Friday, June 29, 2007

Cuba sees no quick fix for transportation crisis

Cuba sees no quick fix for transportation crisis
Published on Friday, June 29, 2007
By Marc Frank

HAVANA, Cuba (Reuters): Cuba is pouring significant amounts of
resources into passenger and freight transportation, but improvements
will take time after years of neglect, the country's transportation
minister said on Thursday.

"Rehabilitating the transportation system has run up against the
significant deterioration it suffered ... meaning that to make the best
use of resources in the sector requires a gigantic organizational
effort," Minister Jorge Luis Sierra told a closed-door session of
parliament, state-run media reported.

After spending more than $2 billion since 2005 to modernize Cuba's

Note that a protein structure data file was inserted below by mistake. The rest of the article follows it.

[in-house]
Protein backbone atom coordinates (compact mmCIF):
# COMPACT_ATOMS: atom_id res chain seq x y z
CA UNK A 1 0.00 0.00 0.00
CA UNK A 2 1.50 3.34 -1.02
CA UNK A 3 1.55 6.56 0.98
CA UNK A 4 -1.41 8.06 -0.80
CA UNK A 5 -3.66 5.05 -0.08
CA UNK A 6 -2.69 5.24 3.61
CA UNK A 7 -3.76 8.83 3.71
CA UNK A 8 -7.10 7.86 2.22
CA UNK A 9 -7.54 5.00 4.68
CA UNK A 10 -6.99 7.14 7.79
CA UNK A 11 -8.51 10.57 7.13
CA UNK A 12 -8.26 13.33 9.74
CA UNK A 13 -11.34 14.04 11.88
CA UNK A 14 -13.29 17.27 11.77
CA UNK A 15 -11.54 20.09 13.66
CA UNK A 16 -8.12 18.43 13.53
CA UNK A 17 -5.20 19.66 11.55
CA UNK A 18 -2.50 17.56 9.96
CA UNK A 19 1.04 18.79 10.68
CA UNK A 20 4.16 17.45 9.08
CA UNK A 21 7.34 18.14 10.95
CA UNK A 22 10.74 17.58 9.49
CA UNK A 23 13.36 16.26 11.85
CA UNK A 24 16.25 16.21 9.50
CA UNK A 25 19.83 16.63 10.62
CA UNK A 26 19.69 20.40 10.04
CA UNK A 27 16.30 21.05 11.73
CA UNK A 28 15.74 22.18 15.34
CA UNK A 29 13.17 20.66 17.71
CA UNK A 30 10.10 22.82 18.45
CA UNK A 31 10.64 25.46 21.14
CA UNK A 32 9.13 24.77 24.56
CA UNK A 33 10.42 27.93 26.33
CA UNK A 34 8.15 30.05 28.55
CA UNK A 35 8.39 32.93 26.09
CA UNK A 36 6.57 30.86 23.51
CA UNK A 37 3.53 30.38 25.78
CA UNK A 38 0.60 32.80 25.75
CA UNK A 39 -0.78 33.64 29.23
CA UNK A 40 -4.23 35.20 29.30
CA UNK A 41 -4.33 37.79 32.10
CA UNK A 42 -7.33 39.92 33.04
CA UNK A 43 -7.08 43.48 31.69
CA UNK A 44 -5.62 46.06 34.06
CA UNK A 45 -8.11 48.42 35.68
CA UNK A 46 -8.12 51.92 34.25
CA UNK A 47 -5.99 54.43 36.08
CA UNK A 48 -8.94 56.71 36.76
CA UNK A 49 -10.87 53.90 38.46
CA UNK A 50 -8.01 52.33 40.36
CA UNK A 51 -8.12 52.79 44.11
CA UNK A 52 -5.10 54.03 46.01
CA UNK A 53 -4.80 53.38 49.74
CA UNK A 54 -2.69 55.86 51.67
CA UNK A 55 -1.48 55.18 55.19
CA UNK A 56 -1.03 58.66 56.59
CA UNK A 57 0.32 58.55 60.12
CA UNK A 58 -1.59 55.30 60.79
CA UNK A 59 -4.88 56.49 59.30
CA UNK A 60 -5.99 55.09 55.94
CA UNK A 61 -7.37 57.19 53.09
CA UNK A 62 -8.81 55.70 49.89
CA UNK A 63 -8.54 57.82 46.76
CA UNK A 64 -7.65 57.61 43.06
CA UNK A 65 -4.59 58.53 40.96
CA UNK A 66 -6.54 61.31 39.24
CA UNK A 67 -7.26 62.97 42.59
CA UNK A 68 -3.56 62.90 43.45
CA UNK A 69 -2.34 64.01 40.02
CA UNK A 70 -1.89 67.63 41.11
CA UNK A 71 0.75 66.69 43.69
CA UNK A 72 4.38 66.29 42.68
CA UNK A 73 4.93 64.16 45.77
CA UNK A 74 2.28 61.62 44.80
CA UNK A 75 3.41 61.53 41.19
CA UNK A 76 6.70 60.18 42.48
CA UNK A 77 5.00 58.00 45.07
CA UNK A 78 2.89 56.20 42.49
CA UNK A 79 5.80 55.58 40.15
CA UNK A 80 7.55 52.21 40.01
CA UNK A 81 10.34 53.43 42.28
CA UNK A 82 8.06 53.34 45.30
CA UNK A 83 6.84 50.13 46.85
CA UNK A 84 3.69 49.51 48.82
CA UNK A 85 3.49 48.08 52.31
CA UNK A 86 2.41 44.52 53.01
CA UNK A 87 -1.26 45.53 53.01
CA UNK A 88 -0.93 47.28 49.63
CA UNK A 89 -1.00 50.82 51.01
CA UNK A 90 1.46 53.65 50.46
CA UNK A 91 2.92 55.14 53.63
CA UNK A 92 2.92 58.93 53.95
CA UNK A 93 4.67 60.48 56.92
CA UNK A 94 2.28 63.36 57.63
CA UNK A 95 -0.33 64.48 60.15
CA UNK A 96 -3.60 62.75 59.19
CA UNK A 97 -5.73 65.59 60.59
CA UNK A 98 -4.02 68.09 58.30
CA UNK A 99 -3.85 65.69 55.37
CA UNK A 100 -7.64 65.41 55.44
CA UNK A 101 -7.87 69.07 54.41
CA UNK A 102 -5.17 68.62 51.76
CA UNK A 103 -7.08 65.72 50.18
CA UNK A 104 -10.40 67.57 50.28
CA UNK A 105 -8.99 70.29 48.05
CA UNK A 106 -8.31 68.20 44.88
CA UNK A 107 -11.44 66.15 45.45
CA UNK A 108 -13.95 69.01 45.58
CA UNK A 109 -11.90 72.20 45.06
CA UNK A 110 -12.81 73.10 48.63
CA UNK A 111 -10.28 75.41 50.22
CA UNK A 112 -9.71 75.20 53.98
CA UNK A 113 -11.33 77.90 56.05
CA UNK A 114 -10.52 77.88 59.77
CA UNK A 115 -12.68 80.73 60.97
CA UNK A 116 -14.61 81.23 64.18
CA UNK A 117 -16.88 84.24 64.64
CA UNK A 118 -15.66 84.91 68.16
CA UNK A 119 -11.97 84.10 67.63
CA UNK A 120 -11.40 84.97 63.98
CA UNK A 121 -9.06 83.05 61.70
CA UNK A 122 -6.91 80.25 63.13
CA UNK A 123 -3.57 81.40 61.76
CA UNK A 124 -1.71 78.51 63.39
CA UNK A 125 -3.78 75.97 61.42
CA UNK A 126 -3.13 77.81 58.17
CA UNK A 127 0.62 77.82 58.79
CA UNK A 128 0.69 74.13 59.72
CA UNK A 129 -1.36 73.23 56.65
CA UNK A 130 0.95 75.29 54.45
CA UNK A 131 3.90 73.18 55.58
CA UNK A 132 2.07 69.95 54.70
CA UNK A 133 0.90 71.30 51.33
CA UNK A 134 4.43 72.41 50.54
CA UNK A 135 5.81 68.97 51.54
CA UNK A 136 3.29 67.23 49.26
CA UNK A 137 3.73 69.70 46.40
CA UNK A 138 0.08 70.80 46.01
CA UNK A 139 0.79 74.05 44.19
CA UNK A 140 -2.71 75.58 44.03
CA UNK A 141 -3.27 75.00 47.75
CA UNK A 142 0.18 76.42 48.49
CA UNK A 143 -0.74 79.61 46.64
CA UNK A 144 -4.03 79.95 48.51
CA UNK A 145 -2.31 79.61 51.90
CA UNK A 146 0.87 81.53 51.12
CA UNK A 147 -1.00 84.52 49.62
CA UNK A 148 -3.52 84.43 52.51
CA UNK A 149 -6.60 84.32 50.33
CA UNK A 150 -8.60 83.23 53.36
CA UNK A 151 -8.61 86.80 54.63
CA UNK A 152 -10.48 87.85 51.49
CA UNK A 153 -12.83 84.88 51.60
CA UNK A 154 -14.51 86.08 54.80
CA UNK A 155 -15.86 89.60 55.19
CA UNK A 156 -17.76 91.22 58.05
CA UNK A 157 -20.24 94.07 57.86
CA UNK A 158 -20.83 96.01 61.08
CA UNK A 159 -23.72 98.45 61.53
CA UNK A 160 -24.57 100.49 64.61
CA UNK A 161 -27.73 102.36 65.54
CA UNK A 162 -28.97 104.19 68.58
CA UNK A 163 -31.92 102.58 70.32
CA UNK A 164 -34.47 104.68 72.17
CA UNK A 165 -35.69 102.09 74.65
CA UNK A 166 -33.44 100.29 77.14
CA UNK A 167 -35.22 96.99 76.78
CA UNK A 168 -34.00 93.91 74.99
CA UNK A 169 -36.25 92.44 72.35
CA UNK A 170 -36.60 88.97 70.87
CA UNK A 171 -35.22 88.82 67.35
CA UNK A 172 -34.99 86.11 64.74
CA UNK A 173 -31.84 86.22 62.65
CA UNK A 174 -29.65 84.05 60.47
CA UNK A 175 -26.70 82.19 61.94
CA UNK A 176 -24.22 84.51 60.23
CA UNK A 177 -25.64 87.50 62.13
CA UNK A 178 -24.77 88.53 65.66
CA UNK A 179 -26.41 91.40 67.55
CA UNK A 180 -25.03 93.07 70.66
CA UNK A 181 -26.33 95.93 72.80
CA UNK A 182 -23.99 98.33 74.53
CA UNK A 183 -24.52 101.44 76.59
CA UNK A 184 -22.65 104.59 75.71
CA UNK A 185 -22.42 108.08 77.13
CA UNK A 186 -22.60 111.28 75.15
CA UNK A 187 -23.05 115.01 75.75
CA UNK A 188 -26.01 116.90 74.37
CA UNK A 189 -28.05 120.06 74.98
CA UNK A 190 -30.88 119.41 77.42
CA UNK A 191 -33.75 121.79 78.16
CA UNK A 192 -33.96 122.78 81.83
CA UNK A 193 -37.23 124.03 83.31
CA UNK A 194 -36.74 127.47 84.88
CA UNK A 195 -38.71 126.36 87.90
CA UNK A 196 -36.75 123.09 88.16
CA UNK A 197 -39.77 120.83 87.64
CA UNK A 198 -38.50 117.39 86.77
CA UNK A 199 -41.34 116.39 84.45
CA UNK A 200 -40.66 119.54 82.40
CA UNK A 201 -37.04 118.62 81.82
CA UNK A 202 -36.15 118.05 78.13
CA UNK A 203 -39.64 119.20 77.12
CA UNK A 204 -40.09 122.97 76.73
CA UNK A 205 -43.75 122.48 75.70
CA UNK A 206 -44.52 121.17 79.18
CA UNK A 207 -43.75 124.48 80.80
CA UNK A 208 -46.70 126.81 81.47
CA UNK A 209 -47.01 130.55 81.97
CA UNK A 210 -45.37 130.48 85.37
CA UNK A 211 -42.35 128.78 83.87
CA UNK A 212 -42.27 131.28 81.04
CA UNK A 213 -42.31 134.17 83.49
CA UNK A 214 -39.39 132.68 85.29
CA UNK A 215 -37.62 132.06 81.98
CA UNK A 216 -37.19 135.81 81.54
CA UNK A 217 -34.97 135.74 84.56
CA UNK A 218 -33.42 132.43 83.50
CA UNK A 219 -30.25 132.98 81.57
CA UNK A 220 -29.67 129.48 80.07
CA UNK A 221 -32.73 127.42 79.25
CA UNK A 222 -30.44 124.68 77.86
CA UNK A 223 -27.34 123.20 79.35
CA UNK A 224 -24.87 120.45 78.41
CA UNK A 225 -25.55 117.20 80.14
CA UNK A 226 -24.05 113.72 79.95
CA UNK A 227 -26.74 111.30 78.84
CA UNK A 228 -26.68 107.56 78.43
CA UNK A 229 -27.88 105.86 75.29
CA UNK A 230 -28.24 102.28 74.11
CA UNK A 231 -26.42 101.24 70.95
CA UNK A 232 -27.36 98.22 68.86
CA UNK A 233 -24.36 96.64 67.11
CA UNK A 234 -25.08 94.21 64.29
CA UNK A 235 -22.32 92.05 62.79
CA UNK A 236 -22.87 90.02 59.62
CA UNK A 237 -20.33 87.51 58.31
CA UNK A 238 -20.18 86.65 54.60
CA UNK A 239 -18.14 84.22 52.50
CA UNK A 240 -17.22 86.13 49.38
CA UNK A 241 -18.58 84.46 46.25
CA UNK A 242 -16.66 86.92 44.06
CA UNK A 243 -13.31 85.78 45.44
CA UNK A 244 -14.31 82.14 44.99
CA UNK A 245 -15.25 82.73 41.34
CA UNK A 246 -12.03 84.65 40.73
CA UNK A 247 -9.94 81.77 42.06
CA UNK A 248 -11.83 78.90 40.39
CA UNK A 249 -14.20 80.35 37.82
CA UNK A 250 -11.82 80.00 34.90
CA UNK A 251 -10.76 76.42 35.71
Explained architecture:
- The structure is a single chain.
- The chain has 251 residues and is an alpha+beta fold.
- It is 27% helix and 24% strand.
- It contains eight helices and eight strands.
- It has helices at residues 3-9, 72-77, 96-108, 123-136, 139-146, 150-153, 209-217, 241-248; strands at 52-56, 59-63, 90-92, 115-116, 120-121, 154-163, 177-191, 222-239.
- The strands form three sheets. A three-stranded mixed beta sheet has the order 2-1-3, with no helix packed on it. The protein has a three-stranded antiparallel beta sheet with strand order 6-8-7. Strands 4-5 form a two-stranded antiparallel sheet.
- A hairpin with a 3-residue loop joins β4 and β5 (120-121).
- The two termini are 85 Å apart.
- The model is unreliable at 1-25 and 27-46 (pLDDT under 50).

energy grid, transportation has been targeted for a similar overhaul,
government officials have told foreign officials.

Cuba recently formed joint ventures with Venezuela to improve the
country's shaky rails and potholed roads, and signed contracts to
purchase more than 6,000 buses from China, 100 railway cars for cargo
from Iran and thousands of motors for antiquated Soviet-era trucks.

"The purchase of equipment guarantees a progressive improvement in
transportation service, but still it will not reach 1986-1990 levels,"
Sierra said.

The import-dependent Caribbean island's economy has improved after a
decade-long crisis that followed the demise of its benefactor, the
Soviet Union, and led to the near-collapse of infrastructure.

Public transportation remains in crisis at just 21 percent of its 1989
level, while freight transportation stands at around 33 percent,
according to government statistics.

Few Cubans own automobiles so they must wait hours for buses or
hitch-hike to get around. Many use bicycles and horse-drawn carts.

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